I’m up at my usual 4am, sitting out on the balcony with my laptop having morning coffee.
We’re now at that particular part of our Pacific crossing where there is no ship traffic at all – the nearest point of land is about 1,400 miles away – complete darkness. The stars are so bright and so large you feel you can reach out and touch them. The only visible light out here is the reflection of my laptop – it’s a rather eerie feeling – if the ship went down at this point without lifeboats, you’d have your life jacket and a prayer – that’s it. You’d float out here for a few days before someone could potentially reach you. The last signs of life were the Japanese fishing boats we saw a couple days ago, but the chances of something like that happening are pretty slim. We’ve got a great Captain (same gentleman from last year) – excellent weather, and a sturdy ship. It’s all good – but human nature such as it is, you still wonder…what if?
Our visit to Easter Island last year was quite an adventure because of the local high seas and the difficulties we experienced trying to get passengers to shore (and back to the ship) safely. If you followed us last year, you may recall the encounter. If not, CLICK HERE.
In preparation for our visit this year, and according to the Captain, Holland America has already built sturdy pontoons (being stored below) that they will tow to shore and use as a dock to receive the passenger ‘tender boats’. Great planning! On Easter Island, there’s no place for a large ship to dock, and only two places to stop safely. Three years ago, the waters were so rough around the entire island that the ship had to pass it by and continue the voyage to Tahiti. Needless to say, there were many disappointed passengers. Last year was a real gamble because of the turbulent water, but our Captain decided to give it a try. While we had some injuries and damage to two of our life boats, nothing was real serious and at the end of our visit despite a few scratches & dents, it was an awesome day – a once in a lifetime experience!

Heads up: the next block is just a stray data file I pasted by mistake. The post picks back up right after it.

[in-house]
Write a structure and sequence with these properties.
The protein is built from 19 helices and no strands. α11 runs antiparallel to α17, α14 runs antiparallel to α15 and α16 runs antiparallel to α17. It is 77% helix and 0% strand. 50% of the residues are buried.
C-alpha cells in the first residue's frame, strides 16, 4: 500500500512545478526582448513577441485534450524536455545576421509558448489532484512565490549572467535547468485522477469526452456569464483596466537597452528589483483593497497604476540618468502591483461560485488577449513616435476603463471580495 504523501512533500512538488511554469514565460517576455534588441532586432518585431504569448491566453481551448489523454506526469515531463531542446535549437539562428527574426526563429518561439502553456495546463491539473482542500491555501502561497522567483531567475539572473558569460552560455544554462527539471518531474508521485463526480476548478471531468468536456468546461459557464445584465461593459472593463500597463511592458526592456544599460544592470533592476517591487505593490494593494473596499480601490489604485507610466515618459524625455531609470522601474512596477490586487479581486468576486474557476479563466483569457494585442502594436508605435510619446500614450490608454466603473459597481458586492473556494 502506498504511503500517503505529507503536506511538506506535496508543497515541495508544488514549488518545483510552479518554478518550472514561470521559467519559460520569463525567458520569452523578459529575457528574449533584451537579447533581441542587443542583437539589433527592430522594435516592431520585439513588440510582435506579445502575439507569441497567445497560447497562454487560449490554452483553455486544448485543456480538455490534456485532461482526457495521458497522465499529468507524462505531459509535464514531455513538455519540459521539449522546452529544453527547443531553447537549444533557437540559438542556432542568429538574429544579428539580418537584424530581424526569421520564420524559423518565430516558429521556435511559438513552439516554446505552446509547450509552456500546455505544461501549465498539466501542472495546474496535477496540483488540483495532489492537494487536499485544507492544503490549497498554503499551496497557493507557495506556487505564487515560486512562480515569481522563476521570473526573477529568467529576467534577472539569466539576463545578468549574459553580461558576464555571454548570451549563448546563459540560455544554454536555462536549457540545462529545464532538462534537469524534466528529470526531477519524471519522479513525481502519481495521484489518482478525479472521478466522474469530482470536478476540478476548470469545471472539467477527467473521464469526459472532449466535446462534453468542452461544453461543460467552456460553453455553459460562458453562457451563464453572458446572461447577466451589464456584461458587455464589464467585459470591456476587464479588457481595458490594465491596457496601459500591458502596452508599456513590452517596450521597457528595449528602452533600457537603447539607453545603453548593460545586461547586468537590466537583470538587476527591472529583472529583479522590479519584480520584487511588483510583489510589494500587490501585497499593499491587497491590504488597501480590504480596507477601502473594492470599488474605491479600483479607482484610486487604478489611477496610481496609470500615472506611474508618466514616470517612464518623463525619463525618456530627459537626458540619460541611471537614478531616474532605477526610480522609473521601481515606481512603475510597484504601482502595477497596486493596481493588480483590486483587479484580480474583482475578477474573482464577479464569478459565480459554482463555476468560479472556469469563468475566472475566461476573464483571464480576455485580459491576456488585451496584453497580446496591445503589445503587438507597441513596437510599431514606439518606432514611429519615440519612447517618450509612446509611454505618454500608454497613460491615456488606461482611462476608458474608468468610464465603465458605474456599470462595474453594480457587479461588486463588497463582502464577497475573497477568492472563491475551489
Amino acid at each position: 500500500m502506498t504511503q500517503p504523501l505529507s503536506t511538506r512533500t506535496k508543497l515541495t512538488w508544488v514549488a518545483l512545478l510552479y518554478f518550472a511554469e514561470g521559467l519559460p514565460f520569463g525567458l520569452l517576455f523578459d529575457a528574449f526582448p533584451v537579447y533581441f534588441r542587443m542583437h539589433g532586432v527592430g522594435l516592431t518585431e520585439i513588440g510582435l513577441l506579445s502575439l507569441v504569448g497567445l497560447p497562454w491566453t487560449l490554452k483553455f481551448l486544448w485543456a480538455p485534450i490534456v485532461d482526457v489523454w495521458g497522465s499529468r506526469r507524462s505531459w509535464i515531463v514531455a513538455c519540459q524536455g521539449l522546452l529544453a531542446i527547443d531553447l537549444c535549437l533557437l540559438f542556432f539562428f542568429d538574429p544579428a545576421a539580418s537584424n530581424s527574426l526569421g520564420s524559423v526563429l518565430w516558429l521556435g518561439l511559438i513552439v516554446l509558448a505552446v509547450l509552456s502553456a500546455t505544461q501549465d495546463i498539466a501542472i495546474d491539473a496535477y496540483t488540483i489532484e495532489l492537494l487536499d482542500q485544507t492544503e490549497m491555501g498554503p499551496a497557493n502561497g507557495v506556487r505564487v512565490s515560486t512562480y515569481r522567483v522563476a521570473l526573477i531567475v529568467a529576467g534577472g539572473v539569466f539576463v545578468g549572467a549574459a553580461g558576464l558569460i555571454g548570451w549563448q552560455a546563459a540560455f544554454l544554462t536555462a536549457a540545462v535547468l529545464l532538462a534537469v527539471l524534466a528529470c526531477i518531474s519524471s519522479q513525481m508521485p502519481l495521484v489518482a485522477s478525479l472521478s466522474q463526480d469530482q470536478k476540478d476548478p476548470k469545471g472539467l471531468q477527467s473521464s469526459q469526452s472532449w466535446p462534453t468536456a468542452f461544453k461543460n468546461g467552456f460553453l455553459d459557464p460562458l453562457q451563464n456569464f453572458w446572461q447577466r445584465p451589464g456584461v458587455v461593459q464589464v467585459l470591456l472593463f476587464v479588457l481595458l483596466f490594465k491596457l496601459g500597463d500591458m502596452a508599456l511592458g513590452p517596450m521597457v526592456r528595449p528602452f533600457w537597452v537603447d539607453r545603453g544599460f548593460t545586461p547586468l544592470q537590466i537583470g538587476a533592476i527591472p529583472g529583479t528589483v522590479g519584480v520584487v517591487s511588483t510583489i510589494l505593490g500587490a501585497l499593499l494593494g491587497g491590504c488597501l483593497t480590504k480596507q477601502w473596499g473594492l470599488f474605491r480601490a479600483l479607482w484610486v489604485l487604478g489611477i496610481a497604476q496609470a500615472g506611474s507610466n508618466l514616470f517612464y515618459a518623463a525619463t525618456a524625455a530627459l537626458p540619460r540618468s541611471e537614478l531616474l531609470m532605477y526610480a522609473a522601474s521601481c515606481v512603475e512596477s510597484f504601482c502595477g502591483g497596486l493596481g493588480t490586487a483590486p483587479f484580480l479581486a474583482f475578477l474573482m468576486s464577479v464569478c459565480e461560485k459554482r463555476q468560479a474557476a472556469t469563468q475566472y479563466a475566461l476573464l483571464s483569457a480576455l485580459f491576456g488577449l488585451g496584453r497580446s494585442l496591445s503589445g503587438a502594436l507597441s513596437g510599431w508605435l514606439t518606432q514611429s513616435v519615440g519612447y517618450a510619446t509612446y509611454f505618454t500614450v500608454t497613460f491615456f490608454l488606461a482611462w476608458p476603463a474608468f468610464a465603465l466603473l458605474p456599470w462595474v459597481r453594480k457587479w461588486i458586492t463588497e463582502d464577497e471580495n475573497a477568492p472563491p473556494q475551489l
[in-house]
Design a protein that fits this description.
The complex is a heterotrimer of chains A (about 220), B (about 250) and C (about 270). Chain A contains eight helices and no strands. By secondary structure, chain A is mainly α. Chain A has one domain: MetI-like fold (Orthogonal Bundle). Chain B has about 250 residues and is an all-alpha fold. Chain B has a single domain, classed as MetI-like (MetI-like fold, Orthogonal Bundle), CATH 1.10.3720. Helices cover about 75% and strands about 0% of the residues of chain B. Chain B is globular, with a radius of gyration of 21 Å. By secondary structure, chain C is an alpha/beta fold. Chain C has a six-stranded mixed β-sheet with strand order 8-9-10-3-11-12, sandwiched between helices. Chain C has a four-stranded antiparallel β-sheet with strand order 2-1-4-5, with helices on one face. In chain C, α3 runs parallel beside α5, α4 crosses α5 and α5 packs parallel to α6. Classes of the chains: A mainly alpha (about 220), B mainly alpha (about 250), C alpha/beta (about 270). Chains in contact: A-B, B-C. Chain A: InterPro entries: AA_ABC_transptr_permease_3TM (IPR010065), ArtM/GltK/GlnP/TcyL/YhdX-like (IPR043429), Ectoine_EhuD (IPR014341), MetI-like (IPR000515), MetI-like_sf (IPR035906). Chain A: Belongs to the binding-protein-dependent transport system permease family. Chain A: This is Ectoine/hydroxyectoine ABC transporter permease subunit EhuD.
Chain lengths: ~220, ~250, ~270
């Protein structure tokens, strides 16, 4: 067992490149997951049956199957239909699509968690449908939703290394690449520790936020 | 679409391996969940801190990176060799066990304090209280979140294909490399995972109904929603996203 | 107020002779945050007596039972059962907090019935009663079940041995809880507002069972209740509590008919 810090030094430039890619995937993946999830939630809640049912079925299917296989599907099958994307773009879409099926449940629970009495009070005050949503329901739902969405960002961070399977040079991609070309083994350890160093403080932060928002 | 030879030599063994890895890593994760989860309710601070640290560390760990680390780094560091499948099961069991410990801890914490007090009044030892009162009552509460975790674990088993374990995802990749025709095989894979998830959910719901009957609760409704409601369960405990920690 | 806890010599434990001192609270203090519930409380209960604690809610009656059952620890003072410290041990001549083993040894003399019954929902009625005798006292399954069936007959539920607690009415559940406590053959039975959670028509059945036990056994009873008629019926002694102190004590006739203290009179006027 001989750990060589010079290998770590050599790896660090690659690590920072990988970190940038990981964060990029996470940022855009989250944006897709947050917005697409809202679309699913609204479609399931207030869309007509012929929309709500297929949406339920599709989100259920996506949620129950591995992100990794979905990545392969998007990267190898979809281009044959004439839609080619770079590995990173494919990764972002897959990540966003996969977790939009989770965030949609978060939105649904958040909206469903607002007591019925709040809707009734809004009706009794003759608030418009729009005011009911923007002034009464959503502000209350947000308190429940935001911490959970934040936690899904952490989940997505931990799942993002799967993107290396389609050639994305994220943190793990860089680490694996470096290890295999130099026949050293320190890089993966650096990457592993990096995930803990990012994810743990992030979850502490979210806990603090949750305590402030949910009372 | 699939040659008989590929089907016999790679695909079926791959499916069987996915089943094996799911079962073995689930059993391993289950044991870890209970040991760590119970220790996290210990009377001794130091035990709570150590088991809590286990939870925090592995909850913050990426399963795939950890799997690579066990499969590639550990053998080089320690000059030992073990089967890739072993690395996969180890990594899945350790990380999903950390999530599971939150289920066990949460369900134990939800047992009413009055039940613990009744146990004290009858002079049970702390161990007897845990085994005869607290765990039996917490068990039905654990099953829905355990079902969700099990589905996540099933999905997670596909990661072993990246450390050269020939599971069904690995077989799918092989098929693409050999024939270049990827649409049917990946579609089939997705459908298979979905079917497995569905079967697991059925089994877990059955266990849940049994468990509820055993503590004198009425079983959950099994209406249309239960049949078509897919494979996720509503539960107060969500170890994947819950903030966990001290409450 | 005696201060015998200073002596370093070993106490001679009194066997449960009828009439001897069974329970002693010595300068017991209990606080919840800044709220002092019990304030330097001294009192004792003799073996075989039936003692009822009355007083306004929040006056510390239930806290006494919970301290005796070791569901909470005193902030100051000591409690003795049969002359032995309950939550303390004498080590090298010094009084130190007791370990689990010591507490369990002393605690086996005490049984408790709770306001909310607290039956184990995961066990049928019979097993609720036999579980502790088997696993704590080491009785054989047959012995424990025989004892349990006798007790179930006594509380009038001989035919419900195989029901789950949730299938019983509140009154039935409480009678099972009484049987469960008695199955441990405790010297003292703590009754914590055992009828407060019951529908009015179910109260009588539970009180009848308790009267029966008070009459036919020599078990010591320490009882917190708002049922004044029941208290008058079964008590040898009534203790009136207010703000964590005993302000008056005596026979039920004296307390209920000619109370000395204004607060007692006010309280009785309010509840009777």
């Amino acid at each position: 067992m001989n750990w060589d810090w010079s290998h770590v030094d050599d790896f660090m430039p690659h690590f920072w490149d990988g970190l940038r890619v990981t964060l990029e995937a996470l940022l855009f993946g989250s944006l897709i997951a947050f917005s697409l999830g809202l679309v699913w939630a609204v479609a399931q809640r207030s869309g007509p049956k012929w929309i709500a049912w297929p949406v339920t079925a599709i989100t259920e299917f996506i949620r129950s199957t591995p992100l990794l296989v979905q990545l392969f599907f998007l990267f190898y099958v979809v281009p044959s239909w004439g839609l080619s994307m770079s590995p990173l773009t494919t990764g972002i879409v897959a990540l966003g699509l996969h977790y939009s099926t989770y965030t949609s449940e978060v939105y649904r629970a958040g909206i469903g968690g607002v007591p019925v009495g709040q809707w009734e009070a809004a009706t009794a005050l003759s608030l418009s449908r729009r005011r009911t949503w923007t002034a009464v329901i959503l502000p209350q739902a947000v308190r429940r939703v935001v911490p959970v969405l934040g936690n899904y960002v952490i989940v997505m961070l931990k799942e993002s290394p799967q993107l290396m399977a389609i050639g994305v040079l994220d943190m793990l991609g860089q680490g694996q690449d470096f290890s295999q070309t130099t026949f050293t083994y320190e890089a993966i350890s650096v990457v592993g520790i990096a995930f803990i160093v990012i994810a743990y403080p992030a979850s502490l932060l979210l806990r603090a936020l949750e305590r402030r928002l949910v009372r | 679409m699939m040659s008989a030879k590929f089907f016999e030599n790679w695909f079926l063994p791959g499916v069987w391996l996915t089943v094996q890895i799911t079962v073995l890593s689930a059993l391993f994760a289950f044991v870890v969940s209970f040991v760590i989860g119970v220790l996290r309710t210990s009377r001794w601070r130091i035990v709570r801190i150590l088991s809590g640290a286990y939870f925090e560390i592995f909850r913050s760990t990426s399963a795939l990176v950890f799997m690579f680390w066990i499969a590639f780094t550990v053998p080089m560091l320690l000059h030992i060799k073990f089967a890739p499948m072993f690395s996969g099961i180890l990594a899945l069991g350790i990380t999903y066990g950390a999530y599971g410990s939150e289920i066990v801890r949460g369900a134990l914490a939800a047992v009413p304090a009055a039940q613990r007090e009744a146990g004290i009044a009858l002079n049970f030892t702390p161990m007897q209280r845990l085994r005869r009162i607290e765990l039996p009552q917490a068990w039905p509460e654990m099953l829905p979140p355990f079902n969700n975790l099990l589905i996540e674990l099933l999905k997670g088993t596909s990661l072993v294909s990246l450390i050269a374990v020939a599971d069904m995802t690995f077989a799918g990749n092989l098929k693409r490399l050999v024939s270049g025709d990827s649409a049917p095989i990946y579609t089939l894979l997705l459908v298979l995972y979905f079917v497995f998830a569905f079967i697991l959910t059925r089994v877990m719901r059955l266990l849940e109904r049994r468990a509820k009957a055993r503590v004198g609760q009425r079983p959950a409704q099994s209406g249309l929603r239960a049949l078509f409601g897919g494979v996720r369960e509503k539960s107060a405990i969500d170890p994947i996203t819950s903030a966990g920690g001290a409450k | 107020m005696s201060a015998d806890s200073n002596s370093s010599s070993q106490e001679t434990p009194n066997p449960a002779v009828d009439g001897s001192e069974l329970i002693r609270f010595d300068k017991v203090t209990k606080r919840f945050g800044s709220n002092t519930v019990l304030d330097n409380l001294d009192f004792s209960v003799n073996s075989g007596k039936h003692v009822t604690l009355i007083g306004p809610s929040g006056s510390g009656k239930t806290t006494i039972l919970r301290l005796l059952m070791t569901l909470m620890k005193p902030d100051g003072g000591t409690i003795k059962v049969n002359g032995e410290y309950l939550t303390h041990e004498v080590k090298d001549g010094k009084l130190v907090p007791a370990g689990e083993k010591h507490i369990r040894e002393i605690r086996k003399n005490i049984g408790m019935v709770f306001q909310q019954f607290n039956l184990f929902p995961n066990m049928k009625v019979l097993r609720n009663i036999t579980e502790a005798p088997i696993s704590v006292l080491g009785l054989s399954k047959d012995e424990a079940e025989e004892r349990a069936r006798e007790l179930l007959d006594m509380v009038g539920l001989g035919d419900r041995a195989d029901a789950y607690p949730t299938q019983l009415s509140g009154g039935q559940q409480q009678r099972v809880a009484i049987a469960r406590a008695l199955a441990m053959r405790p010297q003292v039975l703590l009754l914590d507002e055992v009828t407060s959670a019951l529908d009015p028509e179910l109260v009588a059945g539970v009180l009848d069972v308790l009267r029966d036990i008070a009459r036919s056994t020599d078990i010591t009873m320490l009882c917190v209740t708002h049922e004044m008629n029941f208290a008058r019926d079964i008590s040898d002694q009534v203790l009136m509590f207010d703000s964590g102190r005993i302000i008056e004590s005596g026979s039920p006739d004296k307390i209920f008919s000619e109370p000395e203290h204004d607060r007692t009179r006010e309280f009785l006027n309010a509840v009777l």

We’ve been advised we’ll be landing again on the backside of the island – same location as last year. Cheryl and I are not doing a tour this year as we’ve already driven the entire countryside & seen all the statues. We plan to go ashore and spend the day on a small beach (next to some Moai statues) and pick up a few souvenirs for our neighbor boys (Jackson & Logan) who’re watching our home in Arizona. These are wonderful kids (young adults) – very responsible, trustworthy, and have great parents. We only hope we can someday repay the favor to them.
We now have a ‘slight’ case of norovirus on the ship – the Captain announced that a few folks came in contact with the disease someplace in South America but believes it’s contained – several folks are now quarantined in their staterooms and will remain until the doctor releases them. That’s one of the dangers of eating food while ashore in some foreign countries – sanitation requirements aren’t as rigorous as they are in the US – just glad these cases were discovered before they infected more passengers. All tables and public areas have been bleached, and the dining rooms have been ‘fogged’ to kill any germs that may have been brought onboard & deposited around the ship. We went through this several times last year, although much more severe. Hopefully this is it.